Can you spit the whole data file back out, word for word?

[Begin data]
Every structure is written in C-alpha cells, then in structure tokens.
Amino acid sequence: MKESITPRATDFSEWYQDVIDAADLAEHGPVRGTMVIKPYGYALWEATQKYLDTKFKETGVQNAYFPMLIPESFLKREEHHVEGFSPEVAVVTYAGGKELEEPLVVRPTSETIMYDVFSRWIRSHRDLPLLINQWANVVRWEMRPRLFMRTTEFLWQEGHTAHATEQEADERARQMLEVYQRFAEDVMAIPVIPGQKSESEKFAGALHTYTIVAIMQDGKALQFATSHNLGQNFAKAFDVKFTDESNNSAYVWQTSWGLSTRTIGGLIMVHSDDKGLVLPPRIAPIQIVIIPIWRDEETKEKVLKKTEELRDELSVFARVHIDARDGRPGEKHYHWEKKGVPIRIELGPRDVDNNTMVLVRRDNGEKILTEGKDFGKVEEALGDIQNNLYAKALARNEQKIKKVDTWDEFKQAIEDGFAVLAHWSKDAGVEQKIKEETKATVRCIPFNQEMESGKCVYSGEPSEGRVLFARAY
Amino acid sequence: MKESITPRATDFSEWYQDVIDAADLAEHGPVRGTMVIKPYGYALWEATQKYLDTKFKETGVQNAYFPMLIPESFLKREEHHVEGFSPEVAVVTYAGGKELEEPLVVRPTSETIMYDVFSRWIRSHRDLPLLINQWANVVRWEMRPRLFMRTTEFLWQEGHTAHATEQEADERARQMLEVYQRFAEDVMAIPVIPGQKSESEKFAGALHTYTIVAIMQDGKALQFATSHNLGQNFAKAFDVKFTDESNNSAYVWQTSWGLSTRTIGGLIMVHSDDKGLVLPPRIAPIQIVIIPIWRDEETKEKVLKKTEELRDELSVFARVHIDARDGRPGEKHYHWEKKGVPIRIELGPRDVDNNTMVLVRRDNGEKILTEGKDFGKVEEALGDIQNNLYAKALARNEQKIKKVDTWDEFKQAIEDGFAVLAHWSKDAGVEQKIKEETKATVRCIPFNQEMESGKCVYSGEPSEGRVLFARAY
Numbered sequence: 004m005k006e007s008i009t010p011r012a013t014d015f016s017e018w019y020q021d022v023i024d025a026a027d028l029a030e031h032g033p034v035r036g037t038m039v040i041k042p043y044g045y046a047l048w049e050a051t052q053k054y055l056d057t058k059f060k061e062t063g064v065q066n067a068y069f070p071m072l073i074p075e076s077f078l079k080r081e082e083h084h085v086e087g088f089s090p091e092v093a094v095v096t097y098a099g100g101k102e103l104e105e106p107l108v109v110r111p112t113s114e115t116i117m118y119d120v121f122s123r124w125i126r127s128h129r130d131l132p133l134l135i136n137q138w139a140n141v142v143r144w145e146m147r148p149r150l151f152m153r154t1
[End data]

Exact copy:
Every structure is written in C-alpha cells, then in structure tokens.
Amino acid sequence: MKESITPRATDFSEWYQDVIDAADLAEHGPVRGTMVIKPYGYALWEATQKYLDTKFKETGVQNAYFPMLIPESFLKREEHHVEGFSPEVAVVTYAGGKELEEPLVVRPTSETIMYDVFSRWIRSHRDLPLLINQWANVVRWEMRPRLFMRTTEFLWQEGHTAHATEQEADERARQMLEVYQRFAEDVMAIPVIPGQKSESEKFAGALHTYTIVAIMQDGKALQFATSHNLGQNFAKAFDVKFTDESNNSAYVWQTSWGLSTRTIGGLIMVHSDDKGLVLPPRIAPIQIVIIPIWRDEETKEKVLKKTEELRDELSVFARVHIDARDGRPGEKHYHWEKKGVPIRIELGPRDVDNNTMVLVRRDNGEKILTEGKDFGKVEEALGDIQNNLYAKALARNEQKIKKVDTWDEFKQAIEDGFAVLAHWSKDAGVEQKIKEETKATVRCIPFNQEMESGKCVYSGEPSEGRVLFARAY
Amino acid sequence: MKESITPRATDFSEWYQDVIDAADLAEHGPVRGTMVIKPYGYALWEATQKYLDTKFKETGVQNAYFPMLIPESFLKREEHHVEGFSPEVAVVTYAGGKELEEPLVVRPTSETIMYDVFSRWIRSHRDLPLLINQWANVVRWEMRPRLFMRTTEFLWQEGHTAHATEQEADERARQMLEVYQRFAEDVMAIPVIPGQKSESEKFAGALHTYTIVAIMQDGKALQFATSHNLGQNFAKAFDVKFTDESNNSAYVWQTSWGLSTRTIGGLIMVHSDDKGLVLPPRIAPIQIVIIPIWRDEETKEKVLKKTEELRDELSVFARVHIDARDGRPGEKHYHWEKKGVPIRIELGPRDVDNNTMVLVRRDNGEKILTEGKDFGKVEEALGDIQNNLYAKALARNEQKIKKVDTWDEFKQAIEDGFAVLAHWSKDAGVEQKIKEETKATVRCIPFNQEMESGKCVYSGEPSEGRVLFARAY
Numbered sequence: 004m005k006e007s008i009t010p011r012a013t014d015f016s017e018w019y020q021d022v023i024d025a026a027d028l029a030e031h032g033p034v035r036g037t038m039v040i041k042p043y044g045y046a047l048w049e050a051t052q053k054y055l056d057t058k059f060k061e062t063g064v065q066n067a068y069f070p071m072l073i074p075e076s077f078l079k080r081e082e083h084h085v086e087g088f089s090p091e092v093a094v095v096t097y098a099g100g101k102e103l104e105e106p107l108v109v110r111p112t113s114e115t116i117m118y119d120v121f122s123r124w125i126r127s128h129r130d131l132p133l134l135i136n137q138w139a140n141v142v143r144w145e146m147r148p149r150l151f152m153r154t1